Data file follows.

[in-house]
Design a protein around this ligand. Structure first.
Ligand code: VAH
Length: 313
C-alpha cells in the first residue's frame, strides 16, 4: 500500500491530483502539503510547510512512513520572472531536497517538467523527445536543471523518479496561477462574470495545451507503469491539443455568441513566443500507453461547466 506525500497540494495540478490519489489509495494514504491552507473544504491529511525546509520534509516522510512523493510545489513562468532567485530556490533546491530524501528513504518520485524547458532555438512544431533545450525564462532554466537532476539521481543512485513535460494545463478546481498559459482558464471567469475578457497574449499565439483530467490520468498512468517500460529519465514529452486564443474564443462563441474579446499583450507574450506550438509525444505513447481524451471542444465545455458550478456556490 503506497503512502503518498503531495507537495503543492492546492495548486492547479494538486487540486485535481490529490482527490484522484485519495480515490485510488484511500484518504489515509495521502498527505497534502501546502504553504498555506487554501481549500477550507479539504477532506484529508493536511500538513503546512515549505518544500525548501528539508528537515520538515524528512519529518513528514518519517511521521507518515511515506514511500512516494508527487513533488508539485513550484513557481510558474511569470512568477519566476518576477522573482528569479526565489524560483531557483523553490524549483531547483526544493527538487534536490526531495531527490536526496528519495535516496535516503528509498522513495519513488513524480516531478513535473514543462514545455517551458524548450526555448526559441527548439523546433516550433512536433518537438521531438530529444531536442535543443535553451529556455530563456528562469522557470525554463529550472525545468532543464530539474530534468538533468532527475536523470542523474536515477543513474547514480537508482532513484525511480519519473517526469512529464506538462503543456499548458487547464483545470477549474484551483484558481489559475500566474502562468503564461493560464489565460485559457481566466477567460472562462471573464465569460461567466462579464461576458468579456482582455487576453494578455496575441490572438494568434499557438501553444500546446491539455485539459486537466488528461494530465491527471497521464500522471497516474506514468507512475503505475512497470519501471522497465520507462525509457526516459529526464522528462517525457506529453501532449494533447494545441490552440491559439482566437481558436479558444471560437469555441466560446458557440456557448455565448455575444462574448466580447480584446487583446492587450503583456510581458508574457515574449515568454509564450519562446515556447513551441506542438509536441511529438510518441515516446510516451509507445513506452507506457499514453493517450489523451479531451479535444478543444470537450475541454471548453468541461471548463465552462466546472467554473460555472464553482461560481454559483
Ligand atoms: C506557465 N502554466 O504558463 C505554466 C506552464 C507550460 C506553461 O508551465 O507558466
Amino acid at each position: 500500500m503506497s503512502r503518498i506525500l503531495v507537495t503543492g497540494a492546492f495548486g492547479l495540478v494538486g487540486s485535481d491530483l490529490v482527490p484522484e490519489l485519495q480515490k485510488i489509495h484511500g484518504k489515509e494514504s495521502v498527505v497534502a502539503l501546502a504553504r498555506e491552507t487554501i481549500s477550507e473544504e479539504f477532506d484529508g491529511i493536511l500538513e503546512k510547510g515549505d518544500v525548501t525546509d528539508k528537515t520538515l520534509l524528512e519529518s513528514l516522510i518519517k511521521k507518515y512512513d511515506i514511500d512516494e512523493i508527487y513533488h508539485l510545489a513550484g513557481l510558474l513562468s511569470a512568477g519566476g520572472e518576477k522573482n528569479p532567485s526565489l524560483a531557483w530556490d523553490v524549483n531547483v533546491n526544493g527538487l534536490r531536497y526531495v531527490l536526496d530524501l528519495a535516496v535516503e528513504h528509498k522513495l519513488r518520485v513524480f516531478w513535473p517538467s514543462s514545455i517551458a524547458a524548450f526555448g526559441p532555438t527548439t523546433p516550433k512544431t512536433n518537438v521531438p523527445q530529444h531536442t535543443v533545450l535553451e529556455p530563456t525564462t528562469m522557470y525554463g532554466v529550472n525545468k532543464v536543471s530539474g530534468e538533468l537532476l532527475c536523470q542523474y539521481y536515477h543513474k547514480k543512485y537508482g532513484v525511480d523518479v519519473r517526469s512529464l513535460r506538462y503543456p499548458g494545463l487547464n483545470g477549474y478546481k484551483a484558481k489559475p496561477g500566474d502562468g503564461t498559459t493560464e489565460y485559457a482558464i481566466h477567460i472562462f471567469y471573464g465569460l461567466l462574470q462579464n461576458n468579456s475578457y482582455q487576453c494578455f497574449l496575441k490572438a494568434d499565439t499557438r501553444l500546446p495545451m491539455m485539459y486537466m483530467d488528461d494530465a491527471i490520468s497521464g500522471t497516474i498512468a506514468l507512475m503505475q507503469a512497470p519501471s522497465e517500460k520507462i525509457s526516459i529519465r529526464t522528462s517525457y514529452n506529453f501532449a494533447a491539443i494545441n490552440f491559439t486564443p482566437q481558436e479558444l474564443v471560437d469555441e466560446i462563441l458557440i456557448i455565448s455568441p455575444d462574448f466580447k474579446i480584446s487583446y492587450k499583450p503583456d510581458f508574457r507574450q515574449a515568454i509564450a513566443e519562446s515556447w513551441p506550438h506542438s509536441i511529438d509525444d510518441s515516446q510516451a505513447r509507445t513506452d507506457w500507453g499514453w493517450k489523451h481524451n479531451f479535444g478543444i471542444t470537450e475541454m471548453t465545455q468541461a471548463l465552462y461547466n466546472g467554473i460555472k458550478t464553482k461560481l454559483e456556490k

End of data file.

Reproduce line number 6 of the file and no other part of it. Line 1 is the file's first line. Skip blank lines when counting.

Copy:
Ligand atoms: C506557465 N502554466 O504558463 C505554466 C506552464 C507550460 C506553461 O508551465 O507558466